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Welton v. Amco Insurance Co.

United States District Court, D. Kansas

March 19, 2015

DR. THOMAS C. WELTON and MARY E. WELTON, husband and wife, Plaintiffs,


KENNETH G. GALE, Magistrate Judge.

Now before the Court is Plaintiffs' "Motion to Compel the Production of the Phoenix Restoration Fire Report and AMCO Insurance's Claim Files, Investigation Materials and Activity Logs Post October 2012." (Doc. 18.) For the reasons set forth below, the Court GRANTS in part and DENIES in part this motion.


Plaintiffs bring the present action alleging that Defendant insurance company "fail[ed] to pay the total amount of fire damages... for a fire that broke out in Plaintiffs' garage on January 18, 2012." (Doc. 19, at 2.) Prior to the filing of this lawsuit, the parties engaged in a mediation on September 26, 2013, in which their respective experts had vastly different calculations of Plaintiffs' damages.

According to Plaintiffs, thereafter, "[t]he mediator recommended that both adjusters go together to the Property and see what fire damages they could work out together to recommend to each of their clients." ( Id., at 5.) Plaintiffs continue that counsel for the parties instead "agreed that [Defendant] would hire Phoenix Restoration Company to independently adjust the fire damage." ( Id. ) Plaintiffs contend that they "asked AMCO Insurance to pay the cost of the Phoenix Restoration report because Plaintiffs felt they had wasted their money and time on a mediation that did not produce any offer from [Defendant]." ( Id., at 10.)

Plaintiffs' counsel and defense counsel both attended and were involved in the inspection by Phoenix, which occurred on November 15, 2013. ( Id., at 5.) Both Defendant and defense counsel received a copy of the report by Phoenix. ( Id., at 6.) Defendant has, however, refused to provide Plaintiffs with a copy of the report.[1] The present lawsuit was filed on June 10, 2014.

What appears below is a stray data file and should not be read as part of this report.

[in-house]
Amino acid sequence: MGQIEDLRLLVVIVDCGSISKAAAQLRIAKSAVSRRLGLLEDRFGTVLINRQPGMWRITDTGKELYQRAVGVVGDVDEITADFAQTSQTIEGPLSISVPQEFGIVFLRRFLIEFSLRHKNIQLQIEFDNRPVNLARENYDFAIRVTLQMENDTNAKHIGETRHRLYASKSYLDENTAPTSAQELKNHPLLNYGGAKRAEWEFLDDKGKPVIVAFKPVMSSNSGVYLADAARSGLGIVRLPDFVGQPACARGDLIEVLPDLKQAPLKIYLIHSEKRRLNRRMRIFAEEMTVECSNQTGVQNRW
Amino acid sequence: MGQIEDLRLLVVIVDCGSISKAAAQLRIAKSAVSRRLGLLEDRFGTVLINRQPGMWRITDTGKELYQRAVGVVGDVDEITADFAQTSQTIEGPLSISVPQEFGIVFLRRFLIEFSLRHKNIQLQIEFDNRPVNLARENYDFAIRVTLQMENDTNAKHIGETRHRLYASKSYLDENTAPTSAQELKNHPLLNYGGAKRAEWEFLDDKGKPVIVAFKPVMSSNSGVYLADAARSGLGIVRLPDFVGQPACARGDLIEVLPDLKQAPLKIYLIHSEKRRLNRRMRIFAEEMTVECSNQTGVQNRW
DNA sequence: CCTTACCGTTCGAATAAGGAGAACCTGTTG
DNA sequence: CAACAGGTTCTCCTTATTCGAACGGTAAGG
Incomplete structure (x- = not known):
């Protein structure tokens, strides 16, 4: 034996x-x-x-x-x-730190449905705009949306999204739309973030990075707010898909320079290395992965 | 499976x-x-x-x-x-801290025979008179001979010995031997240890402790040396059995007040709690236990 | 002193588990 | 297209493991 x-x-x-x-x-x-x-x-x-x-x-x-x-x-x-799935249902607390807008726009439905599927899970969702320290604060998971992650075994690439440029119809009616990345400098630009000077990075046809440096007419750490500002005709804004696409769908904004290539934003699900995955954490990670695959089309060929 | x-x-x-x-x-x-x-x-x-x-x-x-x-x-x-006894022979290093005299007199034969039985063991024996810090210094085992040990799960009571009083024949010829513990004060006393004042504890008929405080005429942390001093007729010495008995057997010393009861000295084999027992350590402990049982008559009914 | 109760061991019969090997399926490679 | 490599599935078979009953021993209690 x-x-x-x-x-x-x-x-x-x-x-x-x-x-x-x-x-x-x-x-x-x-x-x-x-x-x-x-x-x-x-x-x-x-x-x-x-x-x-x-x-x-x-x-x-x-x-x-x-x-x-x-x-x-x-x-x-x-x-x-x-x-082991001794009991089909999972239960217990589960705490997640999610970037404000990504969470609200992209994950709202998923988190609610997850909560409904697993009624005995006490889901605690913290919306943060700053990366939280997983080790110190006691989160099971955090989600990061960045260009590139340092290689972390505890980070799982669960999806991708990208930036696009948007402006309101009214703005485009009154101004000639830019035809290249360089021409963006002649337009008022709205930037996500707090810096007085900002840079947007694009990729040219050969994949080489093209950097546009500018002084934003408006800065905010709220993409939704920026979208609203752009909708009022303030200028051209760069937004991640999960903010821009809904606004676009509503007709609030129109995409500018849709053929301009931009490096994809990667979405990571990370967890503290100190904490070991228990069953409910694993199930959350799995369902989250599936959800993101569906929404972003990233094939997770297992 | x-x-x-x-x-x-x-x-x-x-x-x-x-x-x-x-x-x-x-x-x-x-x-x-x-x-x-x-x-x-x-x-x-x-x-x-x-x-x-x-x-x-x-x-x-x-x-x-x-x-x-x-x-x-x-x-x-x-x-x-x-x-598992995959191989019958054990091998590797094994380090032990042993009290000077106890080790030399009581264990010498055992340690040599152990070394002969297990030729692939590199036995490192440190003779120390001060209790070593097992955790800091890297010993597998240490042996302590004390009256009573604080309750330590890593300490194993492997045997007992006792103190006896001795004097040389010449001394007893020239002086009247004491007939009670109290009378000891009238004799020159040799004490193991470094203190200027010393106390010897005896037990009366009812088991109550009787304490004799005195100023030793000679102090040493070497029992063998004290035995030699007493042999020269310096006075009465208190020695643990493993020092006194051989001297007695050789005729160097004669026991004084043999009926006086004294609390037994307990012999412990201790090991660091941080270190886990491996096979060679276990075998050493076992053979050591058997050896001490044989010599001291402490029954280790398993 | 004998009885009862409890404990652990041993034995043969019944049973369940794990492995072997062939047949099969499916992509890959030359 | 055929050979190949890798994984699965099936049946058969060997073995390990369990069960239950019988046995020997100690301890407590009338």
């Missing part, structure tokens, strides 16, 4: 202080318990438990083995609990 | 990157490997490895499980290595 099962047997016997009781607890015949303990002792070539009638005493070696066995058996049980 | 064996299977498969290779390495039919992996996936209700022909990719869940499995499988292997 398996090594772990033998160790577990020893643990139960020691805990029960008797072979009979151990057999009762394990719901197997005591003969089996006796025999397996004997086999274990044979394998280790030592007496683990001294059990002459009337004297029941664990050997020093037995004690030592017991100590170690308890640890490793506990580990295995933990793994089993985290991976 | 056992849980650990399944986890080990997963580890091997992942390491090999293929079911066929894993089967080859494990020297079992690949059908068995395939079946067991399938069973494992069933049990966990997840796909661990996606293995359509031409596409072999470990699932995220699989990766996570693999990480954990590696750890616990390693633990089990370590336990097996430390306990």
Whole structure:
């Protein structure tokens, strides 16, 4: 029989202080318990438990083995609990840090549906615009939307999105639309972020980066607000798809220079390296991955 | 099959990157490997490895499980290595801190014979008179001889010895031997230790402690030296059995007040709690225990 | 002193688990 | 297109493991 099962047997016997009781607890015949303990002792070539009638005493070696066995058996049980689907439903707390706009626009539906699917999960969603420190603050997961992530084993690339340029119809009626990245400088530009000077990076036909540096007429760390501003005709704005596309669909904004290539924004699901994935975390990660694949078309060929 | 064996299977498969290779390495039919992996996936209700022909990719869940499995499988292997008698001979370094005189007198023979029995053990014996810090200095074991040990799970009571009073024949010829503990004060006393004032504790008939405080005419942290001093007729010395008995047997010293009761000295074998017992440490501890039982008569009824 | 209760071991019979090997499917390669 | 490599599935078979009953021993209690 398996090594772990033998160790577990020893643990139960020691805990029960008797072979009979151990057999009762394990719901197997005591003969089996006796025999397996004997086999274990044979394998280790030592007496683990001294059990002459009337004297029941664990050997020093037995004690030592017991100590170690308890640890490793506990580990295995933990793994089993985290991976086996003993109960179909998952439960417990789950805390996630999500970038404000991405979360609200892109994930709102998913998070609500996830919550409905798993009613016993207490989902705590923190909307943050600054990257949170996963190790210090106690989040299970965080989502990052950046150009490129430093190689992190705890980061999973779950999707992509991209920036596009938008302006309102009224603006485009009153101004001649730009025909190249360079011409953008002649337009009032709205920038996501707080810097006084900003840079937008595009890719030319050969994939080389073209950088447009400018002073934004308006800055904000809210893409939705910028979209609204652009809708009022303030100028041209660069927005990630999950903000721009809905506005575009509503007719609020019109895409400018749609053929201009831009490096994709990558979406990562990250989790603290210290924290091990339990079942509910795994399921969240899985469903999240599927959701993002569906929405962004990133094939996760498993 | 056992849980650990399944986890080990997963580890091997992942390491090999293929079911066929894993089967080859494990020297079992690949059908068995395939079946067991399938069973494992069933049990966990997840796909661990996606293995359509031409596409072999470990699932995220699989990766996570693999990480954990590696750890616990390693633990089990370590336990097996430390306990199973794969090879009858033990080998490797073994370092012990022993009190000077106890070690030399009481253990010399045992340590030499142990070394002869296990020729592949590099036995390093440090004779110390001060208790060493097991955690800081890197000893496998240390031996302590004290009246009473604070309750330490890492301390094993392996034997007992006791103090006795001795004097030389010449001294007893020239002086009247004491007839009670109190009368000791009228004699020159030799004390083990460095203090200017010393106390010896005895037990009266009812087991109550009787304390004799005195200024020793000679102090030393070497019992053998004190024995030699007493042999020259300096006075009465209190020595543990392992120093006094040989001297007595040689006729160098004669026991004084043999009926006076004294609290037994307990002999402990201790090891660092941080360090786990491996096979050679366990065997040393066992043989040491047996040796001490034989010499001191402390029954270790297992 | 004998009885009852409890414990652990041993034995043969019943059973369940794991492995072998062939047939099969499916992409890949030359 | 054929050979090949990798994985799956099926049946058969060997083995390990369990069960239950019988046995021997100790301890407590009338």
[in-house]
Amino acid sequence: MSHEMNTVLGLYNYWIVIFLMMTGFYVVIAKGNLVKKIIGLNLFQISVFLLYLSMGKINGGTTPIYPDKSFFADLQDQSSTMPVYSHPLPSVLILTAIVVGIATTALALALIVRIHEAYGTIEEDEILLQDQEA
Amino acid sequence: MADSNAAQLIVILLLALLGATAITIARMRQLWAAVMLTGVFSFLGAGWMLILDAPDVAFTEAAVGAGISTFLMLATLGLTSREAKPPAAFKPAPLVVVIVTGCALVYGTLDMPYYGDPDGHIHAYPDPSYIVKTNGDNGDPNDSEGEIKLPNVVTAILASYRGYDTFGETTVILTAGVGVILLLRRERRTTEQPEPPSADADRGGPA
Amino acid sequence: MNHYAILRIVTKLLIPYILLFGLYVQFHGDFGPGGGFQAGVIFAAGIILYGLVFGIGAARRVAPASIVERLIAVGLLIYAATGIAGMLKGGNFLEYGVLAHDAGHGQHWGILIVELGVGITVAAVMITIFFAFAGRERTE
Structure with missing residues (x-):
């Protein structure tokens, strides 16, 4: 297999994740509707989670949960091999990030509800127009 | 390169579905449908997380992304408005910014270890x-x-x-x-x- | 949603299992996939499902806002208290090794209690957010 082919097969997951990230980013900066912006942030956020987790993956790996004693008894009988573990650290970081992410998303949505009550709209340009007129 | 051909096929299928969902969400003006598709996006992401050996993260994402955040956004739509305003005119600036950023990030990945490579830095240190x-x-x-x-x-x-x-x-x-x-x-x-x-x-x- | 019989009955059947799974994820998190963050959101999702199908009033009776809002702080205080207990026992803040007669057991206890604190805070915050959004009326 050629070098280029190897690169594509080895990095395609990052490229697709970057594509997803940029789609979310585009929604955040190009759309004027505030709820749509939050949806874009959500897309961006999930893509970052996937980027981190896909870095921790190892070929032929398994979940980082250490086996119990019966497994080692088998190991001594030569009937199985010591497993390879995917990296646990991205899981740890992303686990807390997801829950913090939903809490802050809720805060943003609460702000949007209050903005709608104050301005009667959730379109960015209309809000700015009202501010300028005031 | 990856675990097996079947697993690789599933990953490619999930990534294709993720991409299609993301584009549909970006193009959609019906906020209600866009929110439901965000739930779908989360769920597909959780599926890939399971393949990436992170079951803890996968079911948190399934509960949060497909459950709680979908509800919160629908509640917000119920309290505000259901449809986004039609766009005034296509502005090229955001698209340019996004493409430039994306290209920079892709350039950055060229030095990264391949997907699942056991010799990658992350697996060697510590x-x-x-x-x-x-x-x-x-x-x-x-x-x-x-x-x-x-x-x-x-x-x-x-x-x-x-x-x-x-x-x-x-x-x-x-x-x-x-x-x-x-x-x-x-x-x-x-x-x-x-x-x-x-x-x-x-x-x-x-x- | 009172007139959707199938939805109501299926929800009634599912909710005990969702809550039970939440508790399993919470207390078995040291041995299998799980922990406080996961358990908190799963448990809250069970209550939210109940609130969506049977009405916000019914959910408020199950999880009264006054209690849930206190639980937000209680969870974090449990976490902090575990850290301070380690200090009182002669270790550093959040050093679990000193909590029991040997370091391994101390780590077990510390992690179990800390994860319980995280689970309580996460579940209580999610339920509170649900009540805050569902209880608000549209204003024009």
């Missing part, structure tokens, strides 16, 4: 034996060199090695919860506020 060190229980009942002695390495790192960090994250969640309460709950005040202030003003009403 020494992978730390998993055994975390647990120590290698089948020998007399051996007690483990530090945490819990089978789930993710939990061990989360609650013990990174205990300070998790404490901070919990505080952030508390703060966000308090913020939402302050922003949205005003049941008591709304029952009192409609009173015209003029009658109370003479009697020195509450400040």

In response to Plaintiffs' motion, Defendant concedes that "Plaintiffs' factual allegations regarding the Phoenix Restoration report are essentially correct." (Doc. 22, at 4.) Defendant contends that "[i]t is undisputed that the report was prepared at the direction of AMCO's retained counsel after a failed mediation." ( Id. ) Defendant does not contest Plaintiffs' assertion that it was a joint decision by the parties, based on a similar course of action suggested by the mediator, to have the inspection. Defendant does, however, argue that the report is privileged and protected by the work product doctrine.


A. Phoenix Restoration Report.

Fed.R.Civ.P. 26(b) states that "[p]arties may obtain discovery regarding any matter, not privileged, that is relevant to the claim or defense of any party... Relevant information need not be admissible at the trial if the discovery appears reasonably calculated to lead to the discovery of admissible evidence." As such, the requested information must be both nonprivileged and relevant to be discoverable.

Defendant does not argue the relevance of the Phoenix report, but rather contends that it is subject to the protections of the attorney-client privilege and work product doctrine.

Under federal common law, the essential elements of the attorney-client privilege are: (1) where legal advice of any kind is sought (2) from a professional legal advisor in his capacity as such, (3) the communications relating to that purpose, (4) made in confidence (5) by the client, (6) are at his instance permanently protected (7) from disclosure by himself or by the legal advisor, (8) except if the protection is waived. Marten v. Yellow Freight Sys., Inc., No. 96-2013-GTV, 1998 WL 13244, *5 (D.Kan. Jan. 6, 1998) (citation omitted).
The privilege protects confidential communications by a client to an attorney made in order to obtain legal assistance from the attorney in his capacity as a legal advisor.' The privilege also protects advice given by the lawyer in the course of representing the client.... The privilege, however, is to be extended no more broadly than necessary to effectuate its purpose.'